Avoiding Moonraker: Averting Unilateral Geoengineering Efforts

39 Pages Posted: 26 Mar 2021 Last revised: 8 Jul 2022

See all articles by Antonia Eliason

Antonia Eliason

University of Mississippi School of Law

Date Written: March 24, 2021


Geoengineering has gradually moved from the realm of forbidden technology to a real possibility for addressing the increasingly devastating effects of climate change. Despite many concerns regarding the effects of geoengineering on the planet as a whole, absent drastic action from the global community to reduce emissions, which does not currently seem likely, its deployment seems inevitable in the near future.

This article focuses on solar radiation management (SRM), particularly on upper atmosphere and space-based mechanisms. There are four main risks that must be evaluated in this area: (1) the risk of geoengineering, (2) the risk of unilateral state action, (3) the risk of unilateral private action, and (4) the risk of doing nothing. The article posits that our legal system is poorly designed for addressing these risks, since it focuses on ex post actions rather than providing ex ante measures to adequately evaluate and minimize the risks. Unilateral actions by individual states or by private actors cannot be adequately addressed by ex post legal measures, such as liability regimes. There is a need for robust regulatory mechanisms at an international level to mitigate the negative consequences that unilateral action would inevitably give rise to. Even with such regulatory mechanisms, however, the significance of the harm caused by global temperature increases is such that it may outweigh any potential negative consequences to states who are faced with the choice between the survival of their people or adherence to international legal standards.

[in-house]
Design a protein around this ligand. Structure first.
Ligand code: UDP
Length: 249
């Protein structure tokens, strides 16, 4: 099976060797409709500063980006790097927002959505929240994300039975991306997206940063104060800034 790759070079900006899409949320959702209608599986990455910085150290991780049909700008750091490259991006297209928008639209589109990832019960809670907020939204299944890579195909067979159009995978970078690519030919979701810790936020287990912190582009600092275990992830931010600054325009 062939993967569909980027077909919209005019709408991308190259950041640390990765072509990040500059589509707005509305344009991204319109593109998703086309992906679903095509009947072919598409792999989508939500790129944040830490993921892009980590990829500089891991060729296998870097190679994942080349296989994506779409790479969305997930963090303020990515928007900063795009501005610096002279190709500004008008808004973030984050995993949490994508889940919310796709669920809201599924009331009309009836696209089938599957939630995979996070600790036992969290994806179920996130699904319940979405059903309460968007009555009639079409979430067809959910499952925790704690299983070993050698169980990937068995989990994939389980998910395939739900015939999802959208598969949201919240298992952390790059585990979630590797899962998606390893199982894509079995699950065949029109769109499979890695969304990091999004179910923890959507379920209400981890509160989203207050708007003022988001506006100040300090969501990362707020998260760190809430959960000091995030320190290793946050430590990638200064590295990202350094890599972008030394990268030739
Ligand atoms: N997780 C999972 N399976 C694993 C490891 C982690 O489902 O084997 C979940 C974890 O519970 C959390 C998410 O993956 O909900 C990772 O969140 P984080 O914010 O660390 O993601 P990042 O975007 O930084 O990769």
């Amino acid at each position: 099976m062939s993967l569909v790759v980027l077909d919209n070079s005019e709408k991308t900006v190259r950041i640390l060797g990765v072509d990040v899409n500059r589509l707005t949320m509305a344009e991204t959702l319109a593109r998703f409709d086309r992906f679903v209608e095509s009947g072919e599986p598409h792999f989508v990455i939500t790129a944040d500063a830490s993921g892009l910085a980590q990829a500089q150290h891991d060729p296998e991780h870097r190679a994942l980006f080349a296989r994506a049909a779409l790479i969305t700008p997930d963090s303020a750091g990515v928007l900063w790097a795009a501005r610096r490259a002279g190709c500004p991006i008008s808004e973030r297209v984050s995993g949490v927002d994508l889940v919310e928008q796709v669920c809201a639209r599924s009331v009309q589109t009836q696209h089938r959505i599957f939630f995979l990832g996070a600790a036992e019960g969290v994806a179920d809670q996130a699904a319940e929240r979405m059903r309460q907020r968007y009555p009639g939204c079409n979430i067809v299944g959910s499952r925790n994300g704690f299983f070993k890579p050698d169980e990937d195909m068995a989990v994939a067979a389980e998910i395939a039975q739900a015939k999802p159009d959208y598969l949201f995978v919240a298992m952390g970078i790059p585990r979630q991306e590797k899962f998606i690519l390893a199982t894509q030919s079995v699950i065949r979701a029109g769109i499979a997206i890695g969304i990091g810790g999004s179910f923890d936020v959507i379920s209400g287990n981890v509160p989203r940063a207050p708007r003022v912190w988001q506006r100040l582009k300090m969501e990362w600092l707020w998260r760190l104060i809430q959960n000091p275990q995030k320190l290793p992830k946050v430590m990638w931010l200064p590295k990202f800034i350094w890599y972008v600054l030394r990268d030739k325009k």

Keywords: Geoengineering, climate change, space law, solar radiation management, environmental law

Suggested Citation

Eliason, Antonia, Avoiding Moonraker: Averting Unilateral Geoengineering Efforts (March 24, 2021). University of Pennsylvania Journal of International Law, Vol. 43, 2021, U Iowa Legal Studies Research Paper No. 2022-05, Available at SSRN: https://ssrn.com/abstract=3811361 or http://dx.doi.org/10.2139/ssrn.3811361

Antonia Eliason (Contact Author)

University of Mississippi School of Law ( email )

Lamar Law Center
P.O. Box 1848
University, MS 38677
United States

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